Few rights for owners of poisoned pets

Consuming Interests

March 27, 2007|By Dan Thanh Dang | Dan Thanh Dang,Sun Columnist

When Brenda Christ's 7-month-old Himalayan kitten started vomiting, lost his appetite and barely moved for two days, the Hanover, Pa., resident knew right away what to do.

First, she rushed little Winslow to the vet, who diagnosed an acute case of kidney failure. Next, she found out from the vet that the likely culprit was half a can of Iams Flakes with Tuna cat food - the sixth can the cat consumed from a batch of 24 that cost $8 at a local megastore. Finally, she called Iams to notify them of her problem and sent them the unused cans of food in an envelope they mailed her.

Then she waited ... and waited ... and waited some more. Finally, about a month later, she learned on March 16 that Menu Foods Inc., a Canada-based pet food manufacturer, was voluntarily recalling more than 90 brands of pet food that it produced for other companies, including Iams, after cases of renal failure were linked to the products.

"They took all my information in February and told me someone would get back to me, but no one ever did," Christ said. "I called Iams again after I heard about the recall, but I still haven't heard from them."

Luckily, her beloved kitty made it through by a whisker. Winslow is back to his frisky, adorable self, but only after several visits to the vet, a weeklong hospital stay and lots of medication. All told, it cost Christ about $1,100 - money she wants back.

The only question Christ has left from the near cat-astrophe was, "What are my rights as a consumer?"

Surprisingly, very few.

"There really aren't any special rights that are triggered when there is a recall," said Rachel Weintraub, director of product safety and senior counsel at the Consumer Federation of America in Washington.

"This is costing consumers a lot of money. Vet bills can be exorbitant and there have been very serious injuries. But outside of calling a private attorney or pulling a lot of claims together to file a class action suit, there's not much a consumer can do."

If the claim involves a sum under $2,500, consumers could head to small claims court, said Thomas Glancy, a partner at the Baltimore law firm of Gordon Feinblatt.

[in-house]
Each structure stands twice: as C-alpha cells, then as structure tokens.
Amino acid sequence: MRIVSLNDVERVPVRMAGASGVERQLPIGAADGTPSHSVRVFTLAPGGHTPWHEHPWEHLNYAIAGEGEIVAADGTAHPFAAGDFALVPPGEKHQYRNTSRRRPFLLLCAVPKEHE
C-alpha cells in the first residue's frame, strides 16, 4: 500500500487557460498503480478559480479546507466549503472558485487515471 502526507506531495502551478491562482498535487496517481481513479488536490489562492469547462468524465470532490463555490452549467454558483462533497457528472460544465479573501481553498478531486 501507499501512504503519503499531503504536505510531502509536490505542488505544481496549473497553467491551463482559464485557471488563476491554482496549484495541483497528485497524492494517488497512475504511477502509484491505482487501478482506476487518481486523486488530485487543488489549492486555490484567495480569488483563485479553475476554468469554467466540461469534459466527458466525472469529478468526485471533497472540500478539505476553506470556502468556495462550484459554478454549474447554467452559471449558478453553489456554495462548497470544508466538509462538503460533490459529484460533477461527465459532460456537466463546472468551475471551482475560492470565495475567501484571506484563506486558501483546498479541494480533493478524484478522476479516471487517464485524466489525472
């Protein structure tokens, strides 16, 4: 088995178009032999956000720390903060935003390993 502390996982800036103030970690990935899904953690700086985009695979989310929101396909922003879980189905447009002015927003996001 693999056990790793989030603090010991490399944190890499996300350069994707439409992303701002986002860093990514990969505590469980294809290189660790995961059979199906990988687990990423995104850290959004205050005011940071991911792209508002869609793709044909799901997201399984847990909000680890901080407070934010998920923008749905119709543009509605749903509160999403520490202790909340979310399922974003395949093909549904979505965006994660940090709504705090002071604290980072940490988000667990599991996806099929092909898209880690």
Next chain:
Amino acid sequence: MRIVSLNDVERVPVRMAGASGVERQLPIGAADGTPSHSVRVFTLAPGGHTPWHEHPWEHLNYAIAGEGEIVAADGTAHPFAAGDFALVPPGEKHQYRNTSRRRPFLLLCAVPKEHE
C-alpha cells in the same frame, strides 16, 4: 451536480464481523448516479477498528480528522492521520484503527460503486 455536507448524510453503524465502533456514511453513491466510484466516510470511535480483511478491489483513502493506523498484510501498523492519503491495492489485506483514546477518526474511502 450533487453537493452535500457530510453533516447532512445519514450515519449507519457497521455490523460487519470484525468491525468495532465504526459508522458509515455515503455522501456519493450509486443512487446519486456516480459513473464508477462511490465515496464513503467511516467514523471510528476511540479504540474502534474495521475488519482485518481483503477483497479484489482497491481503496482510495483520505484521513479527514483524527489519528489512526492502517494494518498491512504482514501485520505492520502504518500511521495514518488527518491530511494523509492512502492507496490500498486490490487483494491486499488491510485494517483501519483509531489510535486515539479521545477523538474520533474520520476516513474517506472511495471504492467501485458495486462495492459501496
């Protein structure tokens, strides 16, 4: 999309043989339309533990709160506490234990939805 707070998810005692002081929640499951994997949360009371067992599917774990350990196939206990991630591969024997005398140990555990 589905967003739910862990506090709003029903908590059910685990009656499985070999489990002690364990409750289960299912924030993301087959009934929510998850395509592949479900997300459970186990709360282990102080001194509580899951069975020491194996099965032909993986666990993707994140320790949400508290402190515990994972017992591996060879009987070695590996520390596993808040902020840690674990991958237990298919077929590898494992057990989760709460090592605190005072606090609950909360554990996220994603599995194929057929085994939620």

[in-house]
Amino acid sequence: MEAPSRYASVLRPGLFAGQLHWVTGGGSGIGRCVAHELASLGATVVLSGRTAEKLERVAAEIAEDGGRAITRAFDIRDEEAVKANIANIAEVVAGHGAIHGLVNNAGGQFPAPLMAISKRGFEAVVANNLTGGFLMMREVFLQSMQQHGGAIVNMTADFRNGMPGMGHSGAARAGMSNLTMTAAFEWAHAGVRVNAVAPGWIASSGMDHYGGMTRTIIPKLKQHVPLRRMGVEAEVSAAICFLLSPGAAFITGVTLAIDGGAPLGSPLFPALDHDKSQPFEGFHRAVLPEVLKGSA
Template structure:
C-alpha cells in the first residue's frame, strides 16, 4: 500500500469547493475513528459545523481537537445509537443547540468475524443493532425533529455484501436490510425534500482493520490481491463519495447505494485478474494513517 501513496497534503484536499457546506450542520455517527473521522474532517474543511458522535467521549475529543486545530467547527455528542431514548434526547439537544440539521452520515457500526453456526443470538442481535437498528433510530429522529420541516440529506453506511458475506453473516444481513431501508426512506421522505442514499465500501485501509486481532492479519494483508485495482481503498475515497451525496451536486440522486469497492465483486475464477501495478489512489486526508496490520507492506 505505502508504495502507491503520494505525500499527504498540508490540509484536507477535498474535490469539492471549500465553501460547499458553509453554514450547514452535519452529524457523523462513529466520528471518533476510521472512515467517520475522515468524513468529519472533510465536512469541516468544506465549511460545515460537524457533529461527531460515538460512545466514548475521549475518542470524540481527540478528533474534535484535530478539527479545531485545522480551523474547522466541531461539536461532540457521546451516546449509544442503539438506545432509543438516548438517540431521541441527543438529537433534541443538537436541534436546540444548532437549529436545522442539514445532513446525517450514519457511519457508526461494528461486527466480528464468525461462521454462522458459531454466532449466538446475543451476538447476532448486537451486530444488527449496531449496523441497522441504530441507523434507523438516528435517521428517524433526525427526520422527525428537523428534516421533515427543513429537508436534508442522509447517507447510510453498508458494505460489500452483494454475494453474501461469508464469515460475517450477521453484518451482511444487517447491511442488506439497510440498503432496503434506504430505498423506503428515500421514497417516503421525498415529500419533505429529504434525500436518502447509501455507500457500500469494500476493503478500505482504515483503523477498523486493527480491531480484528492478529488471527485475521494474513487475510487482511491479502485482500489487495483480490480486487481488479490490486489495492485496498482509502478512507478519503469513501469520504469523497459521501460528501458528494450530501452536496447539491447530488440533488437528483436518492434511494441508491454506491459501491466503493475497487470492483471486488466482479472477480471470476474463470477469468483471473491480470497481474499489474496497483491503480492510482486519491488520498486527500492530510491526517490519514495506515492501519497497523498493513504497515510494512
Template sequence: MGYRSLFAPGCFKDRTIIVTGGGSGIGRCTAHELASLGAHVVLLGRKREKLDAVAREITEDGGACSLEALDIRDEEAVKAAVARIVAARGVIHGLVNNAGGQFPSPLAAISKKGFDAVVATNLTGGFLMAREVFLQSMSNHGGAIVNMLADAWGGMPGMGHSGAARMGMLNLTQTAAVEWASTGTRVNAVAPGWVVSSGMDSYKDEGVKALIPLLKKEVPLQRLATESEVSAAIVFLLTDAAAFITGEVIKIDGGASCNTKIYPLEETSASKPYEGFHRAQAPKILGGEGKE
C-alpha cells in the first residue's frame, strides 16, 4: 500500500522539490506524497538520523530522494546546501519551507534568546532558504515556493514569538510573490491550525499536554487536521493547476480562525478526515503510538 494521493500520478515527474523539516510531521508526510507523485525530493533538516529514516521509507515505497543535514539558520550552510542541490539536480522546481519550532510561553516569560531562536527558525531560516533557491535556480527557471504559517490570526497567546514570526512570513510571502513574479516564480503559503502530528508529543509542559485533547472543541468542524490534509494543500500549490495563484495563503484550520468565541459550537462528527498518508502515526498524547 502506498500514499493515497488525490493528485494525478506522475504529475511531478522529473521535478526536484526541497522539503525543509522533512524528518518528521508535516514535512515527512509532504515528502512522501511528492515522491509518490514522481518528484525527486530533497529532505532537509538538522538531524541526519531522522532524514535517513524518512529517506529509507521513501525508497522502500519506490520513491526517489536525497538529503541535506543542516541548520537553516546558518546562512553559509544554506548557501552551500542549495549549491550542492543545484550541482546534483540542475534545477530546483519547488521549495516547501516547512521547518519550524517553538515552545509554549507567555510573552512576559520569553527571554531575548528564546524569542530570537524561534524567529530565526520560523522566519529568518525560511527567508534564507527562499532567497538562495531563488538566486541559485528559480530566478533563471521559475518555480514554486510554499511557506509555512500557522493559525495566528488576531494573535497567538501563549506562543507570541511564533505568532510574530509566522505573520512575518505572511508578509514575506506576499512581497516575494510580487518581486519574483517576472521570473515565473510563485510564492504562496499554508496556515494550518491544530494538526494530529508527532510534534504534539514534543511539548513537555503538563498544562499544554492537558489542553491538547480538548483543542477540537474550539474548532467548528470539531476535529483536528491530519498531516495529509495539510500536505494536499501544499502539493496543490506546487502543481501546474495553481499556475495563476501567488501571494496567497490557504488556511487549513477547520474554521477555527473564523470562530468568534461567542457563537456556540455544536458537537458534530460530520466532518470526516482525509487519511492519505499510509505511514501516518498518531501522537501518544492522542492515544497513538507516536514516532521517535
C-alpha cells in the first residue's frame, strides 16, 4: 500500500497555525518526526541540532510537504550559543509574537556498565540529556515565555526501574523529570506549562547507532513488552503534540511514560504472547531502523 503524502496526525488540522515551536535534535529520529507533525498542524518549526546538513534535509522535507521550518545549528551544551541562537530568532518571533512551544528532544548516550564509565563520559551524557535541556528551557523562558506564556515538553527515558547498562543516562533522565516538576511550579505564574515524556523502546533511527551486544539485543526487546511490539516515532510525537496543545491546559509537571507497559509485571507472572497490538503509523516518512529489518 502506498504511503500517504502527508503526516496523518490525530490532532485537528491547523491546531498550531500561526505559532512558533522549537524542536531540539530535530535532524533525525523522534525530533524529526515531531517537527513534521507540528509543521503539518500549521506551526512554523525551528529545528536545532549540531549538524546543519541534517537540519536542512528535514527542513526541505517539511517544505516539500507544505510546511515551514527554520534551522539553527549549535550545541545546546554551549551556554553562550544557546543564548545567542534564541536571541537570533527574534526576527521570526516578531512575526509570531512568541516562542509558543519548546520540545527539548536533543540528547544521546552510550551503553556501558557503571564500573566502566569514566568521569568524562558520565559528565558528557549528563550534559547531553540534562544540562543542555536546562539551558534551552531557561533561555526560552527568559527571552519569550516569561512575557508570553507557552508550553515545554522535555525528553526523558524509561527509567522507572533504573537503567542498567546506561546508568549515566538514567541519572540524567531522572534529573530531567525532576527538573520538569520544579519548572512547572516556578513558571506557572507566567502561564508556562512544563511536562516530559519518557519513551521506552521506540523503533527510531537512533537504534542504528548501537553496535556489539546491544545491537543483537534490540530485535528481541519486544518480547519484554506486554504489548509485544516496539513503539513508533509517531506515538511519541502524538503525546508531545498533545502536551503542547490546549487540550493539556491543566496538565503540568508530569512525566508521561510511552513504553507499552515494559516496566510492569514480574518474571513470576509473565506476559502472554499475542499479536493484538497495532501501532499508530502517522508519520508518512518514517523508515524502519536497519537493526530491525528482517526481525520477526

"Your pet is considered your personal property," Glancy said. "If your property is destroyed or damaged by a product, you are entitled to compensation. It's not treated the same way as if you lose a relative or a loved one, but the rules of evidence are relaxed and you could make a case for it with a letter from the vet saying it was more likely than not that the pet food made the pet sick."

But before you sue for all the kibble your pet can inhale, Assistant Attorney General Rebecca Bowman advises consumers to notify the company first.

"Let them know what the damages are and give them a chance to reimburse you," Bowman said. "In some cases, they will try to make consumers whole. If they are unwilling, you can file a complaint with our office to try to mediate the case or you can decide whether to pursue an action further than that."

To be sure, good companies want to stand by their products and protect their reputation from any blemishes.

Last May, when 76 dogs died as a result of eating contaminated products from Diamond Pet Foods, the Meta, Mo.-based company recalled all the contaminated food. It went one step further by promising to reimburse pet owners for vet bills and other costs associated with aflatoxin poisoning, a naturally occurring toxic chemical that comes from a fungus found on corn and other grains.

In this most recent case, it's still unknown how many pets across the country were sickened by the products.

What is known is that the recall was prompted by consumer complaints and by tasting trials conducted by Menu. The Food and Drug Administration confirmed last week that 10 animal deaths have been linked to the affected food, which were "wet" cat and dog food sold by major retailers such as Wal-Mart, Kroger's, Safeway, Ahold USA and PetSmart between Dec. 3 and March 6.

Since the initial announcement, Nestle Purina PetCare Co. and Hill's Pet Nutrition Inc. said they were voluntarily recalling some products made by Menu to be on the safe side.

Before feeding, you should check the list of the brands at www.menufoods.com/recall/ or call 866-895-2708 and then look for the code dates 6339 through 7073 followed by the plant code, 4197, to see if the food you have is part of the contaminated lot. Anyone unsure of whether their pet has taken ill should look for warning signs such as loss of appetite, lethargy and vomiting, vets say.

In the meantime, investigators discovered last week that rat poison was found in the pet food, but Menu is still investigating how it got into product. According to recent press reports, Menu has said it will reimburse pet owners who can trace their dog or cat's illness to the food.

Iams said it took those same steps last week.

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